Republicans Break 39-Hour Filibuster Over Antigay Missouri Bill

Missouri Senate Majority Leader Mike Kehoe

A 39-hour filibuster in Missouri ended Wednesday morning, and Republicans in the state senate voted to pass an antigay constitutional amendment that claims to defend “religious freedom.”

The marathon discussion began around 4 p.m. Monday, according to the St. Louis Post-Dispatch, which notes that the longest filibuster on record had been 38 hours long, over six days, about abortion in 1999. 

The bill, known as Senate Joint Resolution 39, asks Missouri voters to amend the state constitution to protect “certain religious organizations and individuals from being penalized by the state because of their sincere religious beliefs or practices concerning marriage between two persons of the same sex.” It passed 21-11 after Republican lawmakers broke the filibuster, reports NBC News. 

Republican sponsors of the legislation contend that it and other so-called religious freedom laws introduced around the country are not discriminatory but necessary to protect the free expression of those who oppose marriage equality.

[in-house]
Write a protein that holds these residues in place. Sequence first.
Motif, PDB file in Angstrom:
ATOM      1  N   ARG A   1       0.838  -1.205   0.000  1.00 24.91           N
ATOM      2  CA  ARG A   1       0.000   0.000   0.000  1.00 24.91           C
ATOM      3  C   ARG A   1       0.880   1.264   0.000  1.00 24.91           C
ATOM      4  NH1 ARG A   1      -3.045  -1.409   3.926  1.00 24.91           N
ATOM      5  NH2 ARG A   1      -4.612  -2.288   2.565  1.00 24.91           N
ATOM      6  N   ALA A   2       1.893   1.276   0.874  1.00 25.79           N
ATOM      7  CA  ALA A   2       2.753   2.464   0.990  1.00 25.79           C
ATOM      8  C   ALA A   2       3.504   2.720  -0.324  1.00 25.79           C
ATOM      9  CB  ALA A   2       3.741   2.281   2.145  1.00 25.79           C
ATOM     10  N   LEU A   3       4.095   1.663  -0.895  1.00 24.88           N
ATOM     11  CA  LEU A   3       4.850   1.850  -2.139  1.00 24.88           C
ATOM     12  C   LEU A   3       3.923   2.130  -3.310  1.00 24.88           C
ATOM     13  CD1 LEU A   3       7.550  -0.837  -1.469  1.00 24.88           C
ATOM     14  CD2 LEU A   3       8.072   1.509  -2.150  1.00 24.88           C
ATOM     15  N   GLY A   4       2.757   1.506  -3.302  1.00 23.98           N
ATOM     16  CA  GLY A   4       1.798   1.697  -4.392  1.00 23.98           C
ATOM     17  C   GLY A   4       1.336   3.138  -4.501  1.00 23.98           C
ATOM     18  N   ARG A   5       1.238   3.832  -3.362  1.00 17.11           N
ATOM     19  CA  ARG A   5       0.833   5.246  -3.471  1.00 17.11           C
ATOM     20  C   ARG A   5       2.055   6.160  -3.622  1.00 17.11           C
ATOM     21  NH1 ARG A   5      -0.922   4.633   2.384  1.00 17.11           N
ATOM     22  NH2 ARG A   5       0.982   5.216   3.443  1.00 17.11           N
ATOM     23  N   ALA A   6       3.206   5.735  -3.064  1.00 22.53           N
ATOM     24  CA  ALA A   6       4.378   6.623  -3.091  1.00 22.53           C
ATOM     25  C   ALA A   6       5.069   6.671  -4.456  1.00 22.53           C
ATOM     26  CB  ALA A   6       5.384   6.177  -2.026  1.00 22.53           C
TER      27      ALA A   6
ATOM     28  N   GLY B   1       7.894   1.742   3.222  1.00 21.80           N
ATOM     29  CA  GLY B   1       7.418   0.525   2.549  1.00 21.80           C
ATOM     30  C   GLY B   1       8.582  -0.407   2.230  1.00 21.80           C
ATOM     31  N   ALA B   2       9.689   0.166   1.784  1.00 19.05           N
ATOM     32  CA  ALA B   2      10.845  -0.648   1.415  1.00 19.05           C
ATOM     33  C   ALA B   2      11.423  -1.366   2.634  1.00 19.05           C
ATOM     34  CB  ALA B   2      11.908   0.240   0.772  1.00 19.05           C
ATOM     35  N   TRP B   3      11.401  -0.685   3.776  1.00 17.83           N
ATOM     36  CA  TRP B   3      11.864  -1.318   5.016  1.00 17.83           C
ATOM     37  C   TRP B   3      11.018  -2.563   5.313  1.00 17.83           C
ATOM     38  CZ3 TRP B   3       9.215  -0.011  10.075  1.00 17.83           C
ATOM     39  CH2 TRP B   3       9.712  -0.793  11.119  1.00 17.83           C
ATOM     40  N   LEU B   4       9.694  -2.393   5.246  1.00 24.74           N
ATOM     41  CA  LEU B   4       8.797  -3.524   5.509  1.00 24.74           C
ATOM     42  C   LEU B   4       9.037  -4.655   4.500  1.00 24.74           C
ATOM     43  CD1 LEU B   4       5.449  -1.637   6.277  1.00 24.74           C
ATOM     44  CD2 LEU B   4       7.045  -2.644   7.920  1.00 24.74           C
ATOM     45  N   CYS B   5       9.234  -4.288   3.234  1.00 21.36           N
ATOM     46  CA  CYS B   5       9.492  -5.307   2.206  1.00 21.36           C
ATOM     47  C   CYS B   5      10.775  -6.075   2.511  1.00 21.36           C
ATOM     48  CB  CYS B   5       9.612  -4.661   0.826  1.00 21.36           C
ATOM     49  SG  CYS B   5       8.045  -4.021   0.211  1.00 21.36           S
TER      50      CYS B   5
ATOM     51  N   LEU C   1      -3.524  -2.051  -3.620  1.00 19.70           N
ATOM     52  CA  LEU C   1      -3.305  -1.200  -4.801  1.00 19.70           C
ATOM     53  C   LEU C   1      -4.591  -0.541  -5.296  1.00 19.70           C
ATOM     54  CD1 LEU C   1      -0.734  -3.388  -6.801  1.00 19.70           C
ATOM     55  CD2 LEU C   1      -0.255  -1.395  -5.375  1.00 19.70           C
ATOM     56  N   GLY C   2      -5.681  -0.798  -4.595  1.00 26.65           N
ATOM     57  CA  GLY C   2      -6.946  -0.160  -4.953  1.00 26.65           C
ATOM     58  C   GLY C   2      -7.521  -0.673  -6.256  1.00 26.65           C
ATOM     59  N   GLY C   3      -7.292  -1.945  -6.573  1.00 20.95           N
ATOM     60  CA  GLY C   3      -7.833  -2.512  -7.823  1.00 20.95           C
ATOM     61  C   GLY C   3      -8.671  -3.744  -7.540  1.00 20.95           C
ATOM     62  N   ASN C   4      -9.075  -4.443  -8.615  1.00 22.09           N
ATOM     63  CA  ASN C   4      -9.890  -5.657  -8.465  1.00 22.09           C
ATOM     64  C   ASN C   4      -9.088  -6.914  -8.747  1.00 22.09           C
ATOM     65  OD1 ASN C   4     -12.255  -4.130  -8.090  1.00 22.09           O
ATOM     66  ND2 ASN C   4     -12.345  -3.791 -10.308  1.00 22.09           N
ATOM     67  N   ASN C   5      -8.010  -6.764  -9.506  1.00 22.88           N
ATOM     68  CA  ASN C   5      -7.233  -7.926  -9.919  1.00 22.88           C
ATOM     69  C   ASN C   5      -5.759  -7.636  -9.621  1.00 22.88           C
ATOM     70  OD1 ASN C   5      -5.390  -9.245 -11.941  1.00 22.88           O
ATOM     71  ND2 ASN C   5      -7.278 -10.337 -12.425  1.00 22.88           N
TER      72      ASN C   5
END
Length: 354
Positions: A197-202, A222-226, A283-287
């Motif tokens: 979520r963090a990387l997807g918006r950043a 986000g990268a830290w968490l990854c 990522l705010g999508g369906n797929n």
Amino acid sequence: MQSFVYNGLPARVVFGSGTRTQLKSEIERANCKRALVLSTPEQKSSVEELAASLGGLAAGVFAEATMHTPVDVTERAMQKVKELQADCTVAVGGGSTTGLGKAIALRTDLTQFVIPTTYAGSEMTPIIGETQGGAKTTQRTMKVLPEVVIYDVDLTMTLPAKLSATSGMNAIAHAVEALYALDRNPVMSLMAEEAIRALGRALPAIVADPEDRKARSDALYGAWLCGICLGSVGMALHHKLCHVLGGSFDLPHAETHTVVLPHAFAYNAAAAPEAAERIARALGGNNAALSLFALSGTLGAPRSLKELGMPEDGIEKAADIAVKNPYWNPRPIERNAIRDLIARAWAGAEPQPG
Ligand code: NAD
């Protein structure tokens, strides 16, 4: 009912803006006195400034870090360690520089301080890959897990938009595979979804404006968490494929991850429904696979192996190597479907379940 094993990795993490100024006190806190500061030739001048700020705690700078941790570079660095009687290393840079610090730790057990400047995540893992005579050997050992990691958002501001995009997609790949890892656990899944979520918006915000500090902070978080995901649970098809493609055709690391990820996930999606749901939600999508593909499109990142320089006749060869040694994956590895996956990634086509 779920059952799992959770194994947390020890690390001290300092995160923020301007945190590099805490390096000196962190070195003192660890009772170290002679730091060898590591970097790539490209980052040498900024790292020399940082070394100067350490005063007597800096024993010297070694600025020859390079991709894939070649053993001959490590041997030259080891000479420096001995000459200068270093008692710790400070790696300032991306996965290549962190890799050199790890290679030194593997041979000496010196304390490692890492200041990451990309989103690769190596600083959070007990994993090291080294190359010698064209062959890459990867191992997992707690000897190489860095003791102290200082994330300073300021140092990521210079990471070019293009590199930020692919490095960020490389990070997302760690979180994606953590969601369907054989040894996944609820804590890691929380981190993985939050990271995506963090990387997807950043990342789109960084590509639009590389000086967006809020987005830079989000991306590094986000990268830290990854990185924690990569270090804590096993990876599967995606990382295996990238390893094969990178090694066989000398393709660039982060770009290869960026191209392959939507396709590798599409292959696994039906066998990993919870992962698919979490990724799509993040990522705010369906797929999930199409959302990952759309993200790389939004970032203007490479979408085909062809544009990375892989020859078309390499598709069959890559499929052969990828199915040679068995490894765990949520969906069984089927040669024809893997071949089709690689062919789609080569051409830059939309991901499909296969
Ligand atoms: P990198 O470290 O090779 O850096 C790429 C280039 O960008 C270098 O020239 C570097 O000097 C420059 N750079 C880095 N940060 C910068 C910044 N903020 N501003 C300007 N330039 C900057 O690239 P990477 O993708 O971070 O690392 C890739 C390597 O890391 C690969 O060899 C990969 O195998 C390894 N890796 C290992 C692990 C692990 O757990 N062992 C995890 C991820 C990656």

“We are fighting for fairness and the right for people to freely live out their faith while not infringing on the rights of others,” Republican Sen. Bob Onder said in a statement issued Tuesday. “This is not about discrimination; it’s about liberty.”

The amendment must be voted on by the GOP-controlled state Senate one more time before it makes it to the Missouri House, reports NBC News. If it makes it through the Republican-led House, then Missouri voters would consider it in either the August primary or the November general election, reports NBC News.

The democratic front-runner, Hillary Clinton, who won the Mississippi primary on Tuedsay but lost the Michigan primary to Bernie Sanders, had tweeted her support to the Democrats filibustering the bill in Missouri:

Vermont Sen, Bernie Sanders also tweeted support to his followers on Tuesday:

Jeffrey Mittman, executive director of ACLU of Missouri, called it an "outrage" that Republicans had "shut down debate." He said the legislation "would enshrine discrimination in our state constitution" and means LGBT people could be turned away by adoption and foster care agencies, or at homeless shelters. And activists say businesses could refuse service to LGBT people by citing their religious beliefs.

"This amendment raises serious constitutional concerns because it singles out same-sex couples for discrimination," said Mittman in a statement. "The state cannot constitutionally prefer one set of religious beliefs (here, those opposed to marriage for same-sex couples) over all other beliefs."

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